Why do some things dissolve in water, but others do not? How is it that liquids can dissolve other liquids? Due to the differing properties of the two substances, hexane is not soluble in water. Keep reading to find out why and learn some simple science!
What is hexane?
Hexane is a clear liquid that smells like gasoline. It is extracted from crude oil and petroleum and is commonly used with other solvents in edible oil extraction.
Notable properties include:
- Highly flammable
- Volatile (highly reactive)
Why is hexane not soluble in water?
Non-polar hexane is not soluble in water because water is polar.
For one substance to dissolve in another, they need to share the same polarity. This applies to gas, liquid, and solid states of matter, not just liquid solvents dissolving solid substances.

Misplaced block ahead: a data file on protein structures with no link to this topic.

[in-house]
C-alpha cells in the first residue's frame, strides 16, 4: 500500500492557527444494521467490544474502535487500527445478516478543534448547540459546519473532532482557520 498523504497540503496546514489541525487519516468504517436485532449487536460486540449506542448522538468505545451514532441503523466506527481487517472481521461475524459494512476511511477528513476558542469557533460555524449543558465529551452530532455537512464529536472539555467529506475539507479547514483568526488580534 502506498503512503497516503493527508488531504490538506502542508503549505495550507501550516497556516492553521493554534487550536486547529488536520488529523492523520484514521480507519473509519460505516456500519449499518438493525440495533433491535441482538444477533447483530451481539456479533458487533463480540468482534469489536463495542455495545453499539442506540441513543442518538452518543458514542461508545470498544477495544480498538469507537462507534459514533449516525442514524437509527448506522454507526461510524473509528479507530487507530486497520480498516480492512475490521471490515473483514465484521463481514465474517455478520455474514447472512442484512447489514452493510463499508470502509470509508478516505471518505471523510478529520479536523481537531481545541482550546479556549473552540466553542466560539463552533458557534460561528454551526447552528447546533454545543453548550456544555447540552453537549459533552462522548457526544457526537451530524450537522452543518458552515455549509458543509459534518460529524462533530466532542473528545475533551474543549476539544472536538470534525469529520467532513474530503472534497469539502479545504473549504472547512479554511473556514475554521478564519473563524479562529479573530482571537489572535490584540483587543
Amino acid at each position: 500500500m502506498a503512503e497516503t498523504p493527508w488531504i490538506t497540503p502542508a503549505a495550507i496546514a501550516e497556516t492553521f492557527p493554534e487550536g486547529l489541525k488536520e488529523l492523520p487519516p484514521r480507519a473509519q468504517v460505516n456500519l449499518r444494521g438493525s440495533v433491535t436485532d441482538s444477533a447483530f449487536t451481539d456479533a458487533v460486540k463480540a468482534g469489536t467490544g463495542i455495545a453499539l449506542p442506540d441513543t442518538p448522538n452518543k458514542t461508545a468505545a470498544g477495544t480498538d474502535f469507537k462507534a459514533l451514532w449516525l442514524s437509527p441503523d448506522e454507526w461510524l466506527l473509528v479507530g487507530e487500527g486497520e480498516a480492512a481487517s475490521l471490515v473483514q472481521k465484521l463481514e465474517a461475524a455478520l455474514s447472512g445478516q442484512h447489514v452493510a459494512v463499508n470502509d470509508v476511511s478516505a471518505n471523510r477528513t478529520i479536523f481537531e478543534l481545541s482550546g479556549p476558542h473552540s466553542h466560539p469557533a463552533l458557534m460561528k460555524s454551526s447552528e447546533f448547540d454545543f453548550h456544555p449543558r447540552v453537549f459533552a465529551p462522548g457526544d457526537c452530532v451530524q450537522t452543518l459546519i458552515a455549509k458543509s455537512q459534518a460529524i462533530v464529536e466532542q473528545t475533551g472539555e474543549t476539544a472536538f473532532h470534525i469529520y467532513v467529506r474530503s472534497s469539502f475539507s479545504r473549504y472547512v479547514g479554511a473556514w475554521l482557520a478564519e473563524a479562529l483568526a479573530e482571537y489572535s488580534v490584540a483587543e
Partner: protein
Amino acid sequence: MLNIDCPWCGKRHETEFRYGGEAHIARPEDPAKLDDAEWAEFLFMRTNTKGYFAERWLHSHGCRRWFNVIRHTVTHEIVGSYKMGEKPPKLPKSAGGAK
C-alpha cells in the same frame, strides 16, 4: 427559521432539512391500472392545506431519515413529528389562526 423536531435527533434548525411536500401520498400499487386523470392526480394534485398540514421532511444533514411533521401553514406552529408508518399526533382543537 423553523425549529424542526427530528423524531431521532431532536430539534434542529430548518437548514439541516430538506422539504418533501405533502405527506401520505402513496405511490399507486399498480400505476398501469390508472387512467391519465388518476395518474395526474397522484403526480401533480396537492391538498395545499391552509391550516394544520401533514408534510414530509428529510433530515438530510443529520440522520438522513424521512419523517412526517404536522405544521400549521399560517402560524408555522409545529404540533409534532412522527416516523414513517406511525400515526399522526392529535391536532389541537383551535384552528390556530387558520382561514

Polarity is defined by how evenly electrons are spread throughout the molecule. Water is polar because the oxygen atom attracts more electrons than the hydrogen atoms. As a result, the molecule has a positive charge near the hydrogen atoms and a negative charge near the oxygen atom.
Hexane is non-polar because there is very little difference in electronegativity between its atoms. Because it is made of non-polar molecules and water is made of polar molecules, they do not dissolve together. We call this being immiscible, or not mutually soluble.
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